The IT Reformation and the Splinternet (Part 3), by Frank Johnson
The potential impact of the IT Reformation and the Splinternet on data governance in the enterprise
Data governance advocates could likely tack and adjust successfully to the IT Reformation . With business units taking on the responsibility of acquiring their own technology solutions, users might be among the first to assume accountability for data quality. (It’s their system; they would come to appreciate first-hand how critical it is to have good data hygiene from its inception.) And, the IT department would still be there, “ensuring accurate and safe data, integrating business processes and promoting collaboration.”
But what if business users and their IT compatriots can’t count on business technologies being universally open and accessible? What if elements of these applications are made non-interoperable by design? It would be harder for enterprises to establish and maintain technology-enabled relationships with their partners and customers in an environment of walled gardens, platform-specific apps, and other hermit kingdoms.
I’m not suggesting that business units are going to start using Facebook for their application platform. But some might be attracted to applications that reflect the belief that a uniform user experience is more important than an optimal degree of openness. Too many such choices would make it difficult for a post-Reformation IT department to ensure information and applications work together both internally and with business partners and customers.
It’s true that “we’ve evolved to a world where consumer tech like Facebook and the iPhone sets the bar for what all IT should look like.” It’s equally true that these new technologies “will be simple on the outside and unfathomably complicated under the hood.”
I am not advocating resistance to what appears to be inevitable change. But I believe that we in the data governance disciplines, on the business side, the IT side, and the vendor side, need to take an active role in managing this (d)evolution.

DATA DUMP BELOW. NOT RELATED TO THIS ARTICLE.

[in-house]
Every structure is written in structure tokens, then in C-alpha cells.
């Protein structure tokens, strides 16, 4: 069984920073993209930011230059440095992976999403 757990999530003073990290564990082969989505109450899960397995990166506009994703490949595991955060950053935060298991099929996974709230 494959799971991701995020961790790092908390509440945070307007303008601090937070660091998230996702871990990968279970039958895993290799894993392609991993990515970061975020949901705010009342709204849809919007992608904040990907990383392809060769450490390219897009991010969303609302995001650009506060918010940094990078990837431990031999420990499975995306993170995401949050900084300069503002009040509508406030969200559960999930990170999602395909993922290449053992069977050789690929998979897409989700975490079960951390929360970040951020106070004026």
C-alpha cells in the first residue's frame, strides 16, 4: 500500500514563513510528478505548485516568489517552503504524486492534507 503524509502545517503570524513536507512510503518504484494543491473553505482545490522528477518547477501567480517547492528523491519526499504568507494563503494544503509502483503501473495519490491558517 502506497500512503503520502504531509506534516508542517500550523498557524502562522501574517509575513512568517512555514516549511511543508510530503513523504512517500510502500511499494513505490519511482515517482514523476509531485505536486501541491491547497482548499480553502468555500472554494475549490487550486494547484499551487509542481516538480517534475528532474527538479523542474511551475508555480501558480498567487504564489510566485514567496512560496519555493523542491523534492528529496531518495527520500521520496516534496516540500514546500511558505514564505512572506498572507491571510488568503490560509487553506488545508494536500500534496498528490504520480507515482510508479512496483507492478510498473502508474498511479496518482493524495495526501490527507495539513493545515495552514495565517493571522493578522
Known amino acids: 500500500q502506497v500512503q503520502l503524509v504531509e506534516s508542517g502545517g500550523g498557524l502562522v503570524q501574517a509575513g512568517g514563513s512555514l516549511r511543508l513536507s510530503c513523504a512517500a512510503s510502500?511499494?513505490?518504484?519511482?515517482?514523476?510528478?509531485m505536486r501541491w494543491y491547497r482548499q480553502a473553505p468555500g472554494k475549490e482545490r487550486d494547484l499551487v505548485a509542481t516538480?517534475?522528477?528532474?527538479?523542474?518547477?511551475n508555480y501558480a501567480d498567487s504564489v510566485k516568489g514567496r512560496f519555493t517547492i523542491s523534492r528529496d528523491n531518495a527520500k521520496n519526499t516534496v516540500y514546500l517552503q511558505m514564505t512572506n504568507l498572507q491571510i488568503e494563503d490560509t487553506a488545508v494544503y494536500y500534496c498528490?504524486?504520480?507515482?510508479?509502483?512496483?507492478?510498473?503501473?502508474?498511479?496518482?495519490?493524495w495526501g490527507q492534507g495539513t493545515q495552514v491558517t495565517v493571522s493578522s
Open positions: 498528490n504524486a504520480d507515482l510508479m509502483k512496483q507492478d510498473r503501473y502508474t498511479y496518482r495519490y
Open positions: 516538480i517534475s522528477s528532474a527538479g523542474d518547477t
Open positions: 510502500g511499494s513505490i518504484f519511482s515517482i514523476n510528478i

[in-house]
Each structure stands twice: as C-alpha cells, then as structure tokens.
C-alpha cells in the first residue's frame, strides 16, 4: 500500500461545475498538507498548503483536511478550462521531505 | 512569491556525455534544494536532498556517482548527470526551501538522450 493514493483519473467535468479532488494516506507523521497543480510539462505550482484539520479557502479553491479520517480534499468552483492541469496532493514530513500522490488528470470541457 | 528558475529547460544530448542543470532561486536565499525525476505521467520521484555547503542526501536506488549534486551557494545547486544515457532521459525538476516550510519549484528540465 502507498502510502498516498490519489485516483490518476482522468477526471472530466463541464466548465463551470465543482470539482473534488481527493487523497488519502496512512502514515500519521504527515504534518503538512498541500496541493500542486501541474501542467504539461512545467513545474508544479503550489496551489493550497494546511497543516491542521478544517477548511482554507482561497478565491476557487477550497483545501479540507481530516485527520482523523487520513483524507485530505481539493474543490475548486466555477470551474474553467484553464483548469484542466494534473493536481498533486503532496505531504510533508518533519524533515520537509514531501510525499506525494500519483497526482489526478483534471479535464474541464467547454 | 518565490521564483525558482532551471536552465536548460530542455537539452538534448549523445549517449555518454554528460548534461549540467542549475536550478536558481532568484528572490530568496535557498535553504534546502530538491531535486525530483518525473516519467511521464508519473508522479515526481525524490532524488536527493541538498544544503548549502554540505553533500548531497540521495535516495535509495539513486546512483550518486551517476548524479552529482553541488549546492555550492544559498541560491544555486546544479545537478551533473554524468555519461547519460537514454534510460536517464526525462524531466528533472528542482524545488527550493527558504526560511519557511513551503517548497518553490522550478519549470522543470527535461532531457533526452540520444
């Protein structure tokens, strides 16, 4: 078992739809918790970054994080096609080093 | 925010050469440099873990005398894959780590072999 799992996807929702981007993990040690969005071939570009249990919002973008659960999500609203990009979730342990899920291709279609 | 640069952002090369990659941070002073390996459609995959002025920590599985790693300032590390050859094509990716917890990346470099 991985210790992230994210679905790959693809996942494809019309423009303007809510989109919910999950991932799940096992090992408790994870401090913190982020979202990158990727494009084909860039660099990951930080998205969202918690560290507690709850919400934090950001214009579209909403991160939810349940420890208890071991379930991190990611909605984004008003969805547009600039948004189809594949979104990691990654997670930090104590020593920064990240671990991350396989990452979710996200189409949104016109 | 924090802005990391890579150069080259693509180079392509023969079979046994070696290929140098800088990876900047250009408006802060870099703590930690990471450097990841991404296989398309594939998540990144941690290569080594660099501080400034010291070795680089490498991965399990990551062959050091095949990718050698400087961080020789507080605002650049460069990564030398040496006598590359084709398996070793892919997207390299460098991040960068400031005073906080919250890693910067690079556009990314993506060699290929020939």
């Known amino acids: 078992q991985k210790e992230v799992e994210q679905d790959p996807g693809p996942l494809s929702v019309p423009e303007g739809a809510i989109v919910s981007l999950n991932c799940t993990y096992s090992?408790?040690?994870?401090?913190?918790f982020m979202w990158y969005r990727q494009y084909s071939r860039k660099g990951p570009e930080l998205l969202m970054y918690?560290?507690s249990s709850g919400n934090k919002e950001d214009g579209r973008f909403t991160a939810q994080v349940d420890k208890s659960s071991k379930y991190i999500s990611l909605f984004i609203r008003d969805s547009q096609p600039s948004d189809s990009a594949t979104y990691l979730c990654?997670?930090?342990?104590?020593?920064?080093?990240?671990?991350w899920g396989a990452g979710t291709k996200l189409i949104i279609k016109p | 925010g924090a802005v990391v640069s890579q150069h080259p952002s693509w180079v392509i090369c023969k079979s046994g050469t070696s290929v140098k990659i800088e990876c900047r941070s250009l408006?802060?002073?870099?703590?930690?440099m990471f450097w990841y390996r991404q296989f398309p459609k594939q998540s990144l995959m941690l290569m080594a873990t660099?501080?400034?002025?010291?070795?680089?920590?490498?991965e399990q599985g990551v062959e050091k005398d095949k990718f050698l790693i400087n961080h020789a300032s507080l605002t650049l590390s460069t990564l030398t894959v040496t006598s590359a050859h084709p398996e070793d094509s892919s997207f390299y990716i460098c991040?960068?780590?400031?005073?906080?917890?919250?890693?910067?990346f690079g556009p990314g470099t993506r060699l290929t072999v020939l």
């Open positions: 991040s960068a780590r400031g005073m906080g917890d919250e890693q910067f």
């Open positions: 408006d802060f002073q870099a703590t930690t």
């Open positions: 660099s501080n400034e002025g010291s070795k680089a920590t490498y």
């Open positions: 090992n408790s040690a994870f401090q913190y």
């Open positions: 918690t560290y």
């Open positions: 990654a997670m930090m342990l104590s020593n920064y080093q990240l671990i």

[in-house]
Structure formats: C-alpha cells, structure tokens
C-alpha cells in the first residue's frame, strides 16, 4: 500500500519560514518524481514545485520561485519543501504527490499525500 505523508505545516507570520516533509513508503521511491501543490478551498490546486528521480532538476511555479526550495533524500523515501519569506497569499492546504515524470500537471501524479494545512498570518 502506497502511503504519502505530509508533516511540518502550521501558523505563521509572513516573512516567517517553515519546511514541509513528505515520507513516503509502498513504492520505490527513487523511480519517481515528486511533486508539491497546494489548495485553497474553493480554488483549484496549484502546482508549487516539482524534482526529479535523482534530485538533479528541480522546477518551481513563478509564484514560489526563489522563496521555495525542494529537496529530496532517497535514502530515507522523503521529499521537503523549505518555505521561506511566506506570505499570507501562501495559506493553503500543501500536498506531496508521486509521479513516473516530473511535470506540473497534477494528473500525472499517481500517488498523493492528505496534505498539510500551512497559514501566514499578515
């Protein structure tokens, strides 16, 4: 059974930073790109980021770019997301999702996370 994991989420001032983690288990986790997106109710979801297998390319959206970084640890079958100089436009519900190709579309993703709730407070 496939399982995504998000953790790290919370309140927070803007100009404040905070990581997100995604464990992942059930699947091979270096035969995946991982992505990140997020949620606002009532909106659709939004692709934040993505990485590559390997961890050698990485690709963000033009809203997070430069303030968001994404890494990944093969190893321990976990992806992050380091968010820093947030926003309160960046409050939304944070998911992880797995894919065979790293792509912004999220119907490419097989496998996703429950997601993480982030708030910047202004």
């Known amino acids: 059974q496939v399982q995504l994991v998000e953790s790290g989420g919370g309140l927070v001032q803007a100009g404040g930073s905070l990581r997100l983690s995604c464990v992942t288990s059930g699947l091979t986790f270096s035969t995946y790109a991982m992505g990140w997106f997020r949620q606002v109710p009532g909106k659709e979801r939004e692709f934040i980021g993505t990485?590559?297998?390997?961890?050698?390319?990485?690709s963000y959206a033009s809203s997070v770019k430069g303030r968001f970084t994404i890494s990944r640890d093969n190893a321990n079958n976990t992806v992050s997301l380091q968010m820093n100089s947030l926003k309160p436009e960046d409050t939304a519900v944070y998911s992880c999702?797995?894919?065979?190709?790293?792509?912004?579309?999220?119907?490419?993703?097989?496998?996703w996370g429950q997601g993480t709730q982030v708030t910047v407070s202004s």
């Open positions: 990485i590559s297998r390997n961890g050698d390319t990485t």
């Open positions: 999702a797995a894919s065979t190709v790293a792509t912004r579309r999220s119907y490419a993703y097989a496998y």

To CIOs and other IT-savvy leaders, Forrester’s Ted Schadler offers this blunt advice:
You can watch and wait until marketing and customer service and e-commerce teams grit their teeth in frustration and spend their technology dollars on point solutions from vendors. Or because you are IT and have the broadest view of the technology requirements across all customer devices, channels and touch points, you can call out the Splinternet as a challenge and an opportunity. Then go orchestrate the resources and technology to deliver the best customer experience possible over the Splinternet.
As a member of the “vendor chapter” of the data governance fraternity, I am also obviously not opposed to innovations that allow competitors to differentiate themselves. Creating unique, customer-focused, often disruptive capabilities is essential for commercial success.
But “standardization liberates people,” to quote Ashley Cook, operations director with Best Buy Europe. And for that reason, the examples given in the Wired article on the death of the Web – which claims that oligopoly naturally follows standardization – are somewhat misleading.
Yes, standardization allowed railroads and telephone systems to buy up smaller competitors. But the resulting holding companies didn’t then re-set the track gauges or invent a new kind of switchboard to un-standardize their systems and lock their customers into a “superior user experience.” It was only the fact that everyone’s rail and voice traffic could run on everyone else’s tracks and wires that made these consolidations practicable or even logical.
I know that vendors in the data governance space are aware of the need to ensure their solutions are able to “play nice” with others, especially as we add mobile apps and the cloud to our portfolio of capabilities. Business and IT leaders on the enterprise side are certainly aware of these issues at a high level.
My concern is that these issues need to be viewed and discussed in the context of problems that may arise from the disintermediation of the IT function on the one hand and the devolution of business technologies into closed channels on the other.
I’m confident that business leaders, IT leaders and technology vendors can rise to meet these challenges to governing, managing, and consuming mission-critical information. To that end, I invite you to comment, criticize and correct in the discussion section below.
Frank Johnson has more than 25 years’ experience in information technology marketing. He is part of the marketing communications and analysis team at Enterworks Inc., a company that offers solutions for acquiring, managing, and publishing master data, digital assets, and related product content. He is the lead blogger at Enterworks’ Multichannel Content Blog.